Why all the fuss?
In the 1970 film Little Big Man we follow the adventures of a fellow named Jack Crabb (played by Dustin Hoffman) during the Indian Wars of the 1870’s. Crabb, early on, is captured and taken into a Cheyenne tribe led by Old Lodge Skins (played by Chief Dan George), whom he thereafter refers to as “grandfather”. Circumstances then return him to his own people but later on he is reunited with Old Lodge Skins – and when he reenters Old Lodge Skins’s tepee, the Chief, who is blind in his old age, welcomes Jack (or Little Big Man) back, saying, “Greetings, my son. Do you want to eat?” No rising, no outstretched arms, embraces, tears, no fuss (as in our parable of the Prodigal Son) but simply, “Greetings, my son. Do you want to eat?”
Later on, after much harassment by the U. S. Cavalry, Old Lodge Skins in a quiet moment decides it is “a good day to die” and invites Little Big Man to climb with him from their encampment up a mountain to a place he has chosen to lie down and die. After a ritual dance and chant and words of thanksgiving to the Spirit who lives at the center of the universe, the old Chief lies prone on his back, face to the sky. He closes his eyes and waits - with Little Big Man (Dustin Hoffman) watching. After a while it begins to rain hard and Old Lodge Skins gets up shakily, saying something like, “Sometimes the magic doesn’t work.” Then aided by Little Big Man he begins to return to his encampment saying, “Let’s go back to the tepee and eat.”
Old Lodge Skins believes the universe has a center (as does our biblical and church tradition). His problem with modern white men is: “ . . . they are strange. They do not seem to know where the center of the Earth is.” Knowing that himself, he seems always calm, graceful, not easily excited like modern “civilized” people. And so when he is reunited with Little Big Man he simply says, “Do you want to eat?” And when, after his buildup to his self-appointed meeting with death, nothing happens – there is no fuss, no frustration, no bewilderment, no emotion; simply, “Let’s go back to the tepee and eat.”
Now I know that in today’s Gospel when Jesus, after showing his wounds to his frightened disciples, asks, “Have you anything here to eat?” he is validating the fact that he is no ghost, that he is real enough to eat and digest food. But if we overlay what we know of Old Lodge Skins’s style on today’s reading, may we not also suggest that Jesus was trying to snap his disciples out of their unproductive astonishment, “their incredulous joy” (meaning: what they were seeing was too good to be true)? When amid all their wide-eyed, hands thrown back, mouths agape reaction to his risen presence, he simply calls them back to our everyday world with “Have you anything here to eat?” – may he not be saying, “Why all this fuss? So I have risen from the dead? Why should that surprise you? It’s been foretold in Scripture for centuries, it has been the aspiration of human hearts since the beginning of time. So now it’s happened! So let’s get on with it; tell everybody about it – that death has been conquered and need no long freeze us in our tracks and frighten us into crucifying each other. And by the way, do you have anything here to eat? That looks like a piece of fish over there.”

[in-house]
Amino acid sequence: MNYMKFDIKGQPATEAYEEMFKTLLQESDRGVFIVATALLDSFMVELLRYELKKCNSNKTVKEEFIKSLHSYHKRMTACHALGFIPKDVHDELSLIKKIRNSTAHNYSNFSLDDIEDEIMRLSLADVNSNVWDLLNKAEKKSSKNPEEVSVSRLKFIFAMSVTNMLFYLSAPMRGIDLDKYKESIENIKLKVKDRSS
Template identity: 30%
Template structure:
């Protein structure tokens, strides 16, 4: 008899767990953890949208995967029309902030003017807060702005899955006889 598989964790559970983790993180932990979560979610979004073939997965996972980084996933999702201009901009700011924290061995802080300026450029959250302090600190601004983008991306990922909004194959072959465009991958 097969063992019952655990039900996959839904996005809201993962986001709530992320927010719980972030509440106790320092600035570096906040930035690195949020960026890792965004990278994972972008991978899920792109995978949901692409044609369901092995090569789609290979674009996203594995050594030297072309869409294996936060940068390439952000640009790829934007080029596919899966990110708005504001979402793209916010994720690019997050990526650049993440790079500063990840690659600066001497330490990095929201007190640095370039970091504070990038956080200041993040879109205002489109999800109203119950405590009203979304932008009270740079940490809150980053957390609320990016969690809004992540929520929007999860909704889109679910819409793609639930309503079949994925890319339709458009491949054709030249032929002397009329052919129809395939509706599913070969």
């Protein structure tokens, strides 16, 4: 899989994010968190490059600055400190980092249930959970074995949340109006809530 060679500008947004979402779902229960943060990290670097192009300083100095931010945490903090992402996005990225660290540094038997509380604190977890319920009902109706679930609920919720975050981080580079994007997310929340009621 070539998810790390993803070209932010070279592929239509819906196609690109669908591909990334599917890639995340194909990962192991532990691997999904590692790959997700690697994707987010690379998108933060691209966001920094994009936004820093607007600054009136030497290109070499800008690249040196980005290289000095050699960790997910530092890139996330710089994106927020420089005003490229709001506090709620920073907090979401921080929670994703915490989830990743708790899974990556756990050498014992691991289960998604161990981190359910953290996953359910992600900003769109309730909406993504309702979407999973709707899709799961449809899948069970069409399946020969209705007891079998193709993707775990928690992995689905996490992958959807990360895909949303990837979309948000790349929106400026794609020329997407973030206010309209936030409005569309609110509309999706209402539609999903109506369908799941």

The effect? The disciples are startled into recovering their sense of hospitality. They no longer stand there idle but begin to grill that piece of fish as prelude to their going of into the wide, wide world encouraging people to stop making such a fuss over this transient thing called death.